- Understand the complex societal, professional and personal ways in which stigma regarding mental health (media, expert knowledge, individual identity) is perpetuated
- Understand systematic discrimination and marginalization as they relate to mental health
- Appreciate the changes to identity that arise from engagement with the mental health system
- Two re-enacted plays from the 1940s CBC radio series that set out norms of what was considered “good” mental health. Sociologist Kathleen Kendall provides valuable contextualization for Canada’s first mental health educational campaign
- Frontline stories of marginalization, discrimination, and nascent activism in Toronto’s deinstitutionalization era from writer and activist Pat Capponi’s, author of the 1992 autobiography “Upstairs in the Crazy House”
- A short satirical essay contrasting attitudes toward cancer patients and mental health patients. Written by a HiP community expert Lanny Beckman.
- A reflection on the distance between the patient and the practitioner. Written by a HiP community expert Lanny Beckman
As a Canadian citizen, have your students write a 250-word letter to describe a stigma or discrimination-free society, using the artefacts which they have examined to develop their ideas.
Their letter should be addressed to one of the following people featured in these modules:
- Kathleen Kendall
- Pat Capponi
- Lanny Beckman
Module Learning Lens
In the 18th century, Londoners used to travel to “Bedlam” – a vast institution for the mad on the outskirts of the city – for the holiday entertainment of watching the patients. Today, the Downtown East Side of Vancouver is regarded by some as a tourist destination, where visitors to the city can view the “street animals”, as one recounted on a recent web-posting that blamed the closure of large psychiatric hospitals for Canada’s poorest postal code. Such public showcasing of people who challenge societal notions of “normal” demonstrates the profound attitudinal barriers to social inclusion faced by people with mental health difficulties. They describe stigma as another whole aspect of their suffering, saying that deeply internalized shame can deter them from seeking help.
Stigma is defined as a mark of disgrace or inferiority associated with a particular circumstance, quality, or person, and it is widely understood that many people in Canada hold negative attitudes toward mental health difficulties. Discrimination is stigma in action, the unfair treatment of a person or group on the basis of prejudice. Our community experts noted the distinction between these two terms, raising concerns that the concept of stigma is not broad enough to encompass the marginalization that they experience. While a discussion focused on stigma usually acknowledges discrimination due to stereotyping, it remains apolitical and limits the agenda for systemic change. We found that academics agree, arguing that a focus on micro-level interpersonal actions masks social and economic marginalization and obscures unfair treatment and discrimination. In addition, stigma locates root causes in the service user rather than the unjust systems that exclude them. Certainly, the 1940’s radio plays presented in this module – some of Canada’s first efforts in a public mental health education – trace troubling behaviours to dysfunctional families and personal problems rather than the legacies of war or the Great Depression.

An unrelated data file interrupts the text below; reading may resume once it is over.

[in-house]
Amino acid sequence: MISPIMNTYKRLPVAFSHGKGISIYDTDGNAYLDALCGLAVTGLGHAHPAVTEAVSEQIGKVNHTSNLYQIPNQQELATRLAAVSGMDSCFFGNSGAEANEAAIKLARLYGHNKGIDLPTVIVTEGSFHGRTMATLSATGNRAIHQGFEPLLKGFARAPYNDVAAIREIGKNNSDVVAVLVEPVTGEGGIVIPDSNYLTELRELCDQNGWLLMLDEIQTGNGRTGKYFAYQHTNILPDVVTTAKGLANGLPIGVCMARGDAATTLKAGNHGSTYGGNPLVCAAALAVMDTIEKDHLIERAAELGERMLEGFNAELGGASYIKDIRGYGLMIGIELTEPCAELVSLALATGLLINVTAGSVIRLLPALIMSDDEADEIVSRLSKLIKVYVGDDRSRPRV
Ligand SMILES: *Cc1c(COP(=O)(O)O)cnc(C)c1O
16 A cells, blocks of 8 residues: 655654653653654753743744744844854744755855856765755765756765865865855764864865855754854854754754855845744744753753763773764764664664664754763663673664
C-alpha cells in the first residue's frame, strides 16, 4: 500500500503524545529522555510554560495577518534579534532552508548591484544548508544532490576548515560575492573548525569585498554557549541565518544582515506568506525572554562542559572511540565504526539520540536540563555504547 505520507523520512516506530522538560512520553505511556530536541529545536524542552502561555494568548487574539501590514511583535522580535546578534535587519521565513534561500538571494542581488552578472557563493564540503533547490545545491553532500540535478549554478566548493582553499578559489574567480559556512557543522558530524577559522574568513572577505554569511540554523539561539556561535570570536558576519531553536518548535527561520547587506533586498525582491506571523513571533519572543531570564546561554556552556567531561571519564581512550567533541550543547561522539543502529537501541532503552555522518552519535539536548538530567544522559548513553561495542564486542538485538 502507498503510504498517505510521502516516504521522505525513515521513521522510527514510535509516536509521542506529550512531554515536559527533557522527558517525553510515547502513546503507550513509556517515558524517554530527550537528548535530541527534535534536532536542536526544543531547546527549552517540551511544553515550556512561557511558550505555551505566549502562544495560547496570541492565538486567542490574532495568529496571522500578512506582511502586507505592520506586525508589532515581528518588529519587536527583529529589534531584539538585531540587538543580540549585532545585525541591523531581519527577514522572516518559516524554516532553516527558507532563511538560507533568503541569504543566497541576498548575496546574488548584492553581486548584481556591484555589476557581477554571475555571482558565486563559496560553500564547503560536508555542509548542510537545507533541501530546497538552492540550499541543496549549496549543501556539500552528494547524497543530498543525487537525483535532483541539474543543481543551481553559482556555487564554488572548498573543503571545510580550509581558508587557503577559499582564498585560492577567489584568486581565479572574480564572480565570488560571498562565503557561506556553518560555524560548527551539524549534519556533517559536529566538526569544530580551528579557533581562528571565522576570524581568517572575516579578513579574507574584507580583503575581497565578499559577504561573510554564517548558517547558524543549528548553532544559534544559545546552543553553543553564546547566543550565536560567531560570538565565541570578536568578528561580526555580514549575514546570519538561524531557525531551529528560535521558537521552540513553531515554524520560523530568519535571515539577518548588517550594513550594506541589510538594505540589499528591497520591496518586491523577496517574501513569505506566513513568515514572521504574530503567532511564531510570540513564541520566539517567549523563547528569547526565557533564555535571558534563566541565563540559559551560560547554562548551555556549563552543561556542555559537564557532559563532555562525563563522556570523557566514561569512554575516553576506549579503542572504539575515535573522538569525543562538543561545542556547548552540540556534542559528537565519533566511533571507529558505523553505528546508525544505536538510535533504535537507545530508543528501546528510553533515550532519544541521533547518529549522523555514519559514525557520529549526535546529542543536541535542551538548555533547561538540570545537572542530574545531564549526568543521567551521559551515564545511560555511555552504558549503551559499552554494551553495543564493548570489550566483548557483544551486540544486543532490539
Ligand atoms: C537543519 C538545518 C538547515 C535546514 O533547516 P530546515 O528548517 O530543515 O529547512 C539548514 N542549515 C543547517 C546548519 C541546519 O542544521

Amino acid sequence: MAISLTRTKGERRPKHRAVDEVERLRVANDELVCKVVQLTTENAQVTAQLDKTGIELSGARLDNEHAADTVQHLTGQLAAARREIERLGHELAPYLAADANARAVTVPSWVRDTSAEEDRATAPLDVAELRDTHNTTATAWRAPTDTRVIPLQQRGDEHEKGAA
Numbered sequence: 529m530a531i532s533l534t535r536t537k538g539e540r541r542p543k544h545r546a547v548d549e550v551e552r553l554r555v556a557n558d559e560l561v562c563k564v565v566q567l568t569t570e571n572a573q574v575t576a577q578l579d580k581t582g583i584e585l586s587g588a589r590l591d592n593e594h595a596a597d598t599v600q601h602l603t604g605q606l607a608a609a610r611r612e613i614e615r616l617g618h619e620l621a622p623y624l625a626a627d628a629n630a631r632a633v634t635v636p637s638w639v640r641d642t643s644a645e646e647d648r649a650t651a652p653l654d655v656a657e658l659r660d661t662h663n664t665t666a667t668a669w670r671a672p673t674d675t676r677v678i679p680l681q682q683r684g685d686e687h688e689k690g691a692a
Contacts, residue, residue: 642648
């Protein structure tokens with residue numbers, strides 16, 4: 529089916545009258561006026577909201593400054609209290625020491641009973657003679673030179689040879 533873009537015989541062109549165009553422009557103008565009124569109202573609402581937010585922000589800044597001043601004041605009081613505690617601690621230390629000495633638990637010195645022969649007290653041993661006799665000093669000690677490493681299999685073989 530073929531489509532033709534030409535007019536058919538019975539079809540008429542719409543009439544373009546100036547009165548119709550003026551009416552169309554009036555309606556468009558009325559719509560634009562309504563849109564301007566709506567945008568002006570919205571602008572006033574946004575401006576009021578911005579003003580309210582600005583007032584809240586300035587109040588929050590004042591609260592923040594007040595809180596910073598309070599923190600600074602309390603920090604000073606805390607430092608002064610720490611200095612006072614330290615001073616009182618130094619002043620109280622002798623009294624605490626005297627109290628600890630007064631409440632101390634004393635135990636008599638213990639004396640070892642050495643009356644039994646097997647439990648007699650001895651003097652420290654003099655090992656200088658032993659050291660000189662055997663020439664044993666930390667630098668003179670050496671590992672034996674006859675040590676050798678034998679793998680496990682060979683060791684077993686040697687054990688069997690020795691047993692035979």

How can we work to remedy this problem? Researchers suggest pulling the concept of discrimination into the center of the picture. Discrimination highlights the role of societal and structural exclusion and accounts for persisting inequities in service provision and opportunities for people with mental health difficulties. It recasts the mental health dialogue as a conversation about civil and human rights and frames stigma and discrimination as a form of social oppression. Placed in a human rights paradigm, the source of the problem shifts from individuals with mental health difficulties to persistent systemic power imbalances. This conception makes space for structural initiatives with a deeper impact such as strategies to enhance work opportunities, political advocacy to address funding inequities, improved legal protection for individuals with mental health difficulties, and new practice models that promote shared decision making and collaborative practice. It also helps people with lived experience of mental health grab hold of a positive sense of self, then contribute to fighting stigma and discrimination. In this module we offer the story of Toronto writer and community worker Pat Capponi as an avenue to help future mental health practitioners understand the scope and impact of discrimination.